As I understand it, ERPs can be reliably identified only after the noise (inherent to EEG signals, regardless of the task used to evoke the response) has been largely removed, which is done by averaging across multiple repetitions. The ERP in that case is a recognisable-enough pattern in the EEG signal that it can be reliably pointed out in a graph of the averaged trials, for several electrodes, for instance:
Question #1: if the averaging method is trustworthy enough - assuming enough-many reptitions - to make noise components cancel each other out while leaving reliable effects still in, then why are other non-zero sections of (ripples in) the EEG signal also not defined as ERPs, with some attached meaning (e.g. response to some cognitive task), since they have, after all, survived the same denoising procedure? It would make sense to trust the EEG signal to really not reflect any effect when the intercept (y) is zero. However, in most EEG plots this seems to (very conveniently!) only happen at the t=0 point. The signal then becomes non-zero but only part of is acknowledged as an ERP, whereas the rest seems to be considered noise even though the plotted signal has been denoised.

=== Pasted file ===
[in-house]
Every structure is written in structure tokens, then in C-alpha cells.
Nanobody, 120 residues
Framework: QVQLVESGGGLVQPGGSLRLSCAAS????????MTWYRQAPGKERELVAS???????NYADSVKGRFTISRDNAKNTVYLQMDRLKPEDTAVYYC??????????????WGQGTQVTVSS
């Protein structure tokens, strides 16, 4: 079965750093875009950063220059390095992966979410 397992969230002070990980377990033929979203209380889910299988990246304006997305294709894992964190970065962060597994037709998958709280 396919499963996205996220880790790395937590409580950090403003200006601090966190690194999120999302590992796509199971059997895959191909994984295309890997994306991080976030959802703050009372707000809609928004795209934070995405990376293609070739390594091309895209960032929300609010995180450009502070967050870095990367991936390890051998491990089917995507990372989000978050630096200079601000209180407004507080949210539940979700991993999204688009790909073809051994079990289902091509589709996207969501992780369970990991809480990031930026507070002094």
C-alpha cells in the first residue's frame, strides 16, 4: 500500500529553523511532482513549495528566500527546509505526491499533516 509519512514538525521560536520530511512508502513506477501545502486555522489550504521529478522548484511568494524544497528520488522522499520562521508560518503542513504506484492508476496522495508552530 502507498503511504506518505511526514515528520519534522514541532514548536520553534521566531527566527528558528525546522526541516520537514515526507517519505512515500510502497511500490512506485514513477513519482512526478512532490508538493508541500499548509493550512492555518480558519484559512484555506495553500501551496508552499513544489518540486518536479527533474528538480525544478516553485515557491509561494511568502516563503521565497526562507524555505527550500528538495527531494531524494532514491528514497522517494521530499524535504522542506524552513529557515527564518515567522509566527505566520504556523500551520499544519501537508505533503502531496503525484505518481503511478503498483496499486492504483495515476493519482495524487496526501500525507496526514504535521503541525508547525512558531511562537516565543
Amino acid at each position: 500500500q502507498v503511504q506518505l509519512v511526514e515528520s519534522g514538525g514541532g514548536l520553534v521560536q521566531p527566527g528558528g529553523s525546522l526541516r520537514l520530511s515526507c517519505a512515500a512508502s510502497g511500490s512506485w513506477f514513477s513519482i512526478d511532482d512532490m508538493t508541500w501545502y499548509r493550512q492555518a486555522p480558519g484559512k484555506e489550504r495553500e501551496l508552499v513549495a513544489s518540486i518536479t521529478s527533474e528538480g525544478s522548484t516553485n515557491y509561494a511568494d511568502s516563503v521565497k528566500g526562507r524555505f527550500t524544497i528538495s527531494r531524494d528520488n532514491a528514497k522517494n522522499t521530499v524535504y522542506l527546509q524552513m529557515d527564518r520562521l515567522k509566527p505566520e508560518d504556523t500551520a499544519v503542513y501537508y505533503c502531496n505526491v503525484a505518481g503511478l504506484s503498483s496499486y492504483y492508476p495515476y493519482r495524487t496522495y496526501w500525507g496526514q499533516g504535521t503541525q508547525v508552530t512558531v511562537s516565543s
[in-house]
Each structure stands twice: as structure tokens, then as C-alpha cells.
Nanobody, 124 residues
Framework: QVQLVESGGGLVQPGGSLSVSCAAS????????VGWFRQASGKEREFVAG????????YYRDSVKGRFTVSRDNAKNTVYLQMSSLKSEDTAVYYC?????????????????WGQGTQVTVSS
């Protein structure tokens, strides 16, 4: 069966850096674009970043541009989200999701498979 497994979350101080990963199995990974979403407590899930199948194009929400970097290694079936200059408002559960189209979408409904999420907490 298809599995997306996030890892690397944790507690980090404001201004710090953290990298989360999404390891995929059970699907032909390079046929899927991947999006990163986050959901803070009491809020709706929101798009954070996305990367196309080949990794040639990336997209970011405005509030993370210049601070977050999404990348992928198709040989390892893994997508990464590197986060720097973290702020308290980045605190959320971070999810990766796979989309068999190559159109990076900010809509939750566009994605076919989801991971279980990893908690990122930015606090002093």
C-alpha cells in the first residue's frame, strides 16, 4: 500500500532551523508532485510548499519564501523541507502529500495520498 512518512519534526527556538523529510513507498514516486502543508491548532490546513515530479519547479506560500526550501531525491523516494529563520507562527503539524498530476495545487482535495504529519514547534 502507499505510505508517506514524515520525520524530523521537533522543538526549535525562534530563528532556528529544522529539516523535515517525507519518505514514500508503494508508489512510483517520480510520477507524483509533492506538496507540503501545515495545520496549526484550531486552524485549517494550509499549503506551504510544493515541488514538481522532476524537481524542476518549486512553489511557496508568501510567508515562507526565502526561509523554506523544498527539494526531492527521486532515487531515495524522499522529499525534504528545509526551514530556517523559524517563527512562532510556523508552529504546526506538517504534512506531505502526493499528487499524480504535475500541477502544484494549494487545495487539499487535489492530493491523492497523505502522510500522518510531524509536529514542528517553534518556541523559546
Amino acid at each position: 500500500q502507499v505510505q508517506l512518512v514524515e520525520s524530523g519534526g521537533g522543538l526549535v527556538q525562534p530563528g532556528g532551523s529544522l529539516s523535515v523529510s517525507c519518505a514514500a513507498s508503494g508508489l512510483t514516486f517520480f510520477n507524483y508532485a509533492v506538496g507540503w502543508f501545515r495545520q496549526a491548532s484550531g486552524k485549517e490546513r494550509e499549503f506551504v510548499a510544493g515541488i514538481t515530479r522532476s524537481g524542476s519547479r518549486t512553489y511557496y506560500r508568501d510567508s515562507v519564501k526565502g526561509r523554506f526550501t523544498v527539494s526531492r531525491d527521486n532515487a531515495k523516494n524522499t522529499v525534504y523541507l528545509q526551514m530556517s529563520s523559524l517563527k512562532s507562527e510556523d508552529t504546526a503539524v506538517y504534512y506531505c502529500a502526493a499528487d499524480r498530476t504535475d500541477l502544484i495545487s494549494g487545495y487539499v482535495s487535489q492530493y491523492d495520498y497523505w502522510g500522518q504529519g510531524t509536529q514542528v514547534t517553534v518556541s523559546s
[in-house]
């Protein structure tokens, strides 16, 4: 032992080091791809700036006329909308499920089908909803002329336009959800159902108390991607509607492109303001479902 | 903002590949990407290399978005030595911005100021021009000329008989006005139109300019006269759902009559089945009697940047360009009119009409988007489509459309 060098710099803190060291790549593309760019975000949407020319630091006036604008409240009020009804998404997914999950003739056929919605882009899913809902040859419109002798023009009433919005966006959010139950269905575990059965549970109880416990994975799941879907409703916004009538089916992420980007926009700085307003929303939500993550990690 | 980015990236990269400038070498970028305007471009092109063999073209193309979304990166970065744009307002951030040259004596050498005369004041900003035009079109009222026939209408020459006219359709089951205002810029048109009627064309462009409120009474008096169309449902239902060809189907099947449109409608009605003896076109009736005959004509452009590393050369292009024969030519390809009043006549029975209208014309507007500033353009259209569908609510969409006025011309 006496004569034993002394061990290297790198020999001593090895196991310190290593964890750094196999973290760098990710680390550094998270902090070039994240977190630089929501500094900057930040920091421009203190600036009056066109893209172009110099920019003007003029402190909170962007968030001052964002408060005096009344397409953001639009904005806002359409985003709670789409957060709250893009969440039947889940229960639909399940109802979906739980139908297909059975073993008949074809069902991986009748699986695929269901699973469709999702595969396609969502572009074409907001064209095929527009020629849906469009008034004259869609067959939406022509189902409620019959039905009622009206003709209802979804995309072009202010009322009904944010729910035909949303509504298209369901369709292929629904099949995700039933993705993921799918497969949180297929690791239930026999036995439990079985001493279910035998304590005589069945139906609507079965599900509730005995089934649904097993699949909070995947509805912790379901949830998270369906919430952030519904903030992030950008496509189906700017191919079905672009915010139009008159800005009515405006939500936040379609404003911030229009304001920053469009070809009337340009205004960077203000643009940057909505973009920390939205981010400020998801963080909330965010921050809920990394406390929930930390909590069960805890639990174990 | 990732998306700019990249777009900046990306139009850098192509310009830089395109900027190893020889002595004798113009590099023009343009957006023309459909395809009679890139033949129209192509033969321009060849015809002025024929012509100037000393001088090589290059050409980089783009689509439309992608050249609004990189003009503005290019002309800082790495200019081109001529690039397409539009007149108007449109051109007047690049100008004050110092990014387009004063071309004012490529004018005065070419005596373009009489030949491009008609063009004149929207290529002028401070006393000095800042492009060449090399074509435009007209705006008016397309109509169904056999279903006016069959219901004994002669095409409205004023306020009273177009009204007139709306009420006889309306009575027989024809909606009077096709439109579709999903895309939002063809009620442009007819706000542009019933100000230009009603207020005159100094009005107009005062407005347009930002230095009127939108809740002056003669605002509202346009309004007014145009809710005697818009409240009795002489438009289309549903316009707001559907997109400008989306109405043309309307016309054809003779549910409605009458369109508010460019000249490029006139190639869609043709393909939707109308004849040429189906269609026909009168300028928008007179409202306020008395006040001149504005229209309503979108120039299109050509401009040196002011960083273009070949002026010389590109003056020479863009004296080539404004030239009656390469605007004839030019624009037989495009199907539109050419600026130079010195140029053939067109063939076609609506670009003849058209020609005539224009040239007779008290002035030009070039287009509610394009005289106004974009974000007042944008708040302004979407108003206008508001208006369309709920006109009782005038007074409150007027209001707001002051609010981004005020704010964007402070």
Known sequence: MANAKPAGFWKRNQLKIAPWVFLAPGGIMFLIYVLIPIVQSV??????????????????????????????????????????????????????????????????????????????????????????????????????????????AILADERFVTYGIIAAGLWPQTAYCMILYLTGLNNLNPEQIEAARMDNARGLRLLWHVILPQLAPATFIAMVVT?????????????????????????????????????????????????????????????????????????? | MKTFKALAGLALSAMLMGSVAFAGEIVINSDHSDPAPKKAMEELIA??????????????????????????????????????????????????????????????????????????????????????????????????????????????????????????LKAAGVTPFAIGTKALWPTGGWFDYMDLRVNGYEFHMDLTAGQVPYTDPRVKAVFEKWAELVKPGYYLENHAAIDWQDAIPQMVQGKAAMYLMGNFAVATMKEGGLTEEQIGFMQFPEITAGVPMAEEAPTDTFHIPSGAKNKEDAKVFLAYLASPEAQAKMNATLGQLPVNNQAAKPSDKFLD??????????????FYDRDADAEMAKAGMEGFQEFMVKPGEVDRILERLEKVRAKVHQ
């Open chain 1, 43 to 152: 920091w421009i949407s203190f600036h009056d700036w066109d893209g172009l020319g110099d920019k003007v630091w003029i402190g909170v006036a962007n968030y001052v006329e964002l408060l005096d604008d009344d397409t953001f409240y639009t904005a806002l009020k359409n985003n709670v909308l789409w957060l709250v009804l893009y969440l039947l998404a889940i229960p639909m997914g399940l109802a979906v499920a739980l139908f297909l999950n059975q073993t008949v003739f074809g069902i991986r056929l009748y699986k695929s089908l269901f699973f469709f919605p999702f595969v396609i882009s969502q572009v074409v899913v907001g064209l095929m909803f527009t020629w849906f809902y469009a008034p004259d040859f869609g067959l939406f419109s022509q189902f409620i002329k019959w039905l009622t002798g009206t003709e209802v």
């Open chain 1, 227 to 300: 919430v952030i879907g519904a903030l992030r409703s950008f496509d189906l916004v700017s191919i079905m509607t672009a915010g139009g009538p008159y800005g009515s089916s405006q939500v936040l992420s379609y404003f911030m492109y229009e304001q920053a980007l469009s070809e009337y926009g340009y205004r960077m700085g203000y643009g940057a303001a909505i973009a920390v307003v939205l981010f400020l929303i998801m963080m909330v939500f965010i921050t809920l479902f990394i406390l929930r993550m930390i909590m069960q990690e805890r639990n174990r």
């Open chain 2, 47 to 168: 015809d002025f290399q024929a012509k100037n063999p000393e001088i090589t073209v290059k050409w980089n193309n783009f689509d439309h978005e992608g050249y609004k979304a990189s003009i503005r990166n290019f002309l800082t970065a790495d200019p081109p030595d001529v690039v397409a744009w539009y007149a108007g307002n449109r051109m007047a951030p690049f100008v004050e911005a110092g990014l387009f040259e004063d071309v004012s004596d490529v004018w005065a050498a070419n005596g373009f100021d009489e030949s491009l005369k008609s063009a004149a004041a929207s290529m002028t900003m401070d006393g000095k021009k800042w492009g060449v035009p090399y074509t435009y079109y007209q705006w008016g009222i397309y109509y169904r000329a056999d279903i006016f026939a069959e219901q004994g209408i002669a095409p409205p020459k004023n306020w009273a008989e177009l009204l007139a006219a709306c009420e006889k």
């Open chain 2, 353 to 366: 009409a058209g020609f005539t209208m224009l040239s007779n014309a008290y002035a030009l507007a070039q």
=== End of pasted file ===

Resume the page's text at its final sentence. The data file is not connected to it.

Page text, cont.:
EDIT: Question #2: why do such ERP plots - obtained by averaging across repetitions and across subjects - never (in my experience) show a confidence band to show the extent of that cross-repetition/-subject variability? Would that information not be of interest?